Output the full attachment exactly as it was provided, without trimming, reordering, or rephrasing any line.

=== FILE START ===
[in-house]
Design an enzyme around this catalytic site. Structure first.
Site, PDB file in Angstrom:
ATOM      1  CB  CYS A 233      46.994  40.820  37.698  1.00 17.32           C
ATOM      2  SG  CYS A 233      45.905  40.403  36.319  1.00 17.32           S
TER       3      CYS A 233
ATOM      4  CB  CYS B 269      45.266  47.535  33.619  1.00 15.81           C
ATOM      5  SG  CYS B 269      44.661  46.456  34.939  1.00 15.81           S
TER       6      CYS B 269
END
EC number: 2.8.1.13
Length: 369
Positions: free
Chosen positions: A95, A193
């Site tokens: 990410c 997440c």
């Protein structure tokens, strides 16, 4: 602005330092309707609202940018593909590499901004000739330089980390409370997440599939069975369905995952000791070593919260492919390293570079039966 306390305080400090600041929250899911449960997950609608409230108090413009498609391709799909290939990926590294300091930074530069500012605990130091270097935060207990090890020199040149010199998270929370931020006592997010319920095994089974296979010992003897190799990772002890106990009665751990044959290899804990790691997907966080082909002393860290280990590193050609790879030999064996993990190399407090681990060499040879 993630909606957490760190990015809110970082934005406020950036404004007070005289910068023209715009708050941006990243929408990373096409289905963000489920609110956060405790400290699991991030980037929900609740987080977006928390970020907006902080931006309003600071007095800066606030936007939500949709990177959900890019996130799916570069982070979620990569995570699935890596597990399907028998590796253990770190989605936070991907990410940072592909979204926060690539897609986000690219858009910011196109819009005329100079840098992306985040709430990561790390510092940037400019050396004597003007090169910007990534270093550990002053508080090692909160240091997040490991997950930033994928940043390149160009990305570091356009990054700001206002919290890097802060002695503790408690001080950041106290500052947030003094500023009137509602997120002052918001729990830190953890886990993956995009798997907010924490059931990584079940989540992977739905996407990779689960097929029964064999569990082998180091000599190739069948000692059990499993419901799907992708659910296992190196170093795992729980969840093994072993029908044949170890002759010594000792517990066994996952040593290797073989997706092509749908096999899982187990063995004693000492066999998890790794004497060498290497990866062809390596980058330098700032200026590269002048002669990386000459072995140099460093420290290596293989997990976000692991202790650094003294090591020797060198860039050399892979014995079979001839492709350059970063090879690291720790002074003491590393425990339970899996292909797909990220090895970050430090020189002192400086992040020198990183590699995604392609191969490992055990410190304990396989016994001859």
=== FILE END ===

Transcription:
[in-house]
Design an enzyme around this catalytic site. Structure first.
Site, PDB file in Angstrom:
ATOM      1  CB  CYS A 233      46.994  40.820  37.698  1.00 17.32           C
ATOM      2  SG  CYS A 233      45.905  40.403  36.319  1.00 17.32           S
TER       3      CYS A 233
ATOM      4  CB  CYS B 269      45.266  47.535  33.619  1.00 15.81           C
ATOM      5  SG  CYS B 269      44.661  46.456  34.939  1.00 15.81           S
TER       6      CYS B 269
END
EC number: 2.8.1.13
Length: 369
Positions: free
Chosen positions: A95, A193
């Site tokens: 990410c 997440c």
């Protein structure tokens, strides 16, 4: 602005330092309707609202940018593909590499901004000739330089980390409370997440599939069975369905995952000791070593919260492919390293570079039966 306390305080400090600041929250899911449960997950609608409230108090413009498609391709799909290939990926590294300091930074530069500012605990130091270097935060207990090890020199040149010199998270929370931020006592997010319920095994089974296979010992003897190799990772002890106990009665751990044959290899804990790691997907966080082909002393860290280990590193050609790879030999064996993990190399407090681990060499040879 993630909606957490760190990015809110970082934005406020950036404004007070005289910068023209715009708050941006990243929408990373096409289905963000489920609110956060405790400290699991991030980037929900609740987080977006928390970020907006902080931006309003600071007095800066606030936007939500949709990177959900890019996130799916570069982070979620990569995570699935890596597990399907028998590796253990770190989605936070991907990410940072592909979204926060690539897609986000690219858009910011196109819009005329100079840098992306985040709430990561790390510092940037400019050396004597003007090169910007990534270093550990002053508080090692909160240091997040490991997950930033994928940043390149160009990305570091356009990054700001206002919290890097802060002695503790408690001080950041106290500052947030003094500023009137509602997120002052918001729990830190953890886990993956995009798997907010924490059931990584079940989540992977739905996407990779689960097929029964064999569990082998180091000599190739069948000692059990499993419901799907992708659910296992190196170093795992729980969840093994072993029908044949170890002759010594000792517990066994996952040593290797073989997706092509749908096999899982187990063995004693000492066999998890790794004497060498290497990866062809390596980058330098700032200026590269002048002669990386000459072995140099460093420290290596293989997990976000692991202790650094003294090591020797060198860039050399892979014995079979001839492709350059970063090879690291720790002074003491590393425990339970899996292909797909990220090895970050430090020189002192400086992040020198990183590699995604392609191969490992055990410190304990396989016994001859």